Bitcoin and Ethereum usage fees drop 70–80% as market slide continues

Transaction fees are falling rapidly on Bitcoin and Ethereum, as the coin prices of both recede from recent peaks.

Transaction fees on Bitcoin and Ethereum have fallen by 81% and 71% respectively over the last few weeks, as the broader cryptocurrency market continues to descend from its recent all-time high.

The average cost of using the Ethereum blockchain fell from $69.92 per transaction on May 12, to $20.06 by May 16, according to data from Bitinfocharts. In the same time period the Ether (ETH) spot price both peaked and crashed, falling from an all-time high of $4,358 on May 12, to $3,183 just prior to publication — a 27% decline.

Before 2021’s market surge, Ethereum’s current average fee of $20 would have been an all-time high by some margin. As recently as 2020, average usage costs were lower than $0.10. The rapid surge in the cost of using Ethereum comes after the emergence of decentralized finance apps — which now make up four out of the top five gas burners on the blockchain — and the increased attention brought to the blockchain amid 2021’s market boom.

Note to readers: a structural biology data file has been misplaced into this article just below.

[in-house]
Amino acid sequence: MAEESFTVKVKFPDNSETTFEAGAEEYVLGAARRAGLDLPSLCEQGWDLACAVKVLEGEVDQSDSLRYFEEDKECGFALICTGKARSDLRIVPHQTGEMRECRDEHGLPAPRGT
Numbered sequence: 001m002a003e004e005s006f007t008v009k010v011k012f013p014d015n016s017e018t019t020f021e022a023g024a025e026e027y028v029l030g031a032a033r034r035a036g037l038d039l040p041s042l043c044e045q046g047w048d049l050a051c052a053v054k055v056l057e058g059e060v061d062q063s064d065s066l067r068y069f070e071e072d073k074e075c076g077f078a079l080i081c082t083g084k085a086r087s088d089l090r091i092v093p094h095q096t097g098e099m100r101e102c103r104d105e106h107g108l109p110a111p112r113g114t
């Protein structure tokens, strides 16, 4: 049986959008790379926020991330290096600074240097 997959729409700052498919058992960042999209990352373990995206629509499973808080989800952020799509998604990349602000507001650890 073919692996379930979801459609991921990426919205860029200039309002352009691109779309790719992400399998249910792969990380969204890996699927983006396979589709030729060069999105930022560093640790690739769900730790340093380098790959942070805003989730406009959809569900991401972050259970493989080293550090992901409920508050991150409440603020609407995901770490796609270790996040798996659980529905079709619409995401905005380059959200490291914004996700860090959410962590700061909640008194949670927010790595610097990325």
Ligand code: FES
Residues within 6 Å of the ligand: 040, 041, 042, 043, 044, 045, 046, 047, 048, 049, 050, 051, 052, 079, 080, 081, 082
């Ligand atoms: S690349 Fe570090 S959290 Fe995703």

Ethereum’s daily user count quadrupled since the beginning of 2020, climbing from around 400,000 to 1.6 million according to Bitinfocharts. This number does not account for transactions taking place on Ethereum’s layer 2 protocols.

A similar trend was observed on Bitcoin, which saw its transaction fees fall 81% since mid-April, when the BTC coin price was close to $65,000. Average transaction costs of around $62.77 marked a new all-time high for BTC, exceeding 2017’s high of $55 which signaled the top of Bitcoin’s bull run at the time.

Bitcoin was priced at $42,440 by early on Monday morning, marking a 34% decline since April’s recent peak. Bitcoin dominance, which measures Bitcoin’s share of the overall cryptocurrency market cap, fell as low as 39.9% on Monday, sinking from a high of 70% in December.

While generally indicative of a swelling altcoin market, this figure can also be misleading due to the difference in the size of the crypto market cap at various times. For example, in 2017, Bitcoin’s market dominance was close to 90%, but the global market cap was only $2 billion, or 0.1% of what it is now. At the same time, the global market cap figure can easily be boosted by anyone who can be bothered to launch an arbitrary token with a high supply and even just a modest starting price.

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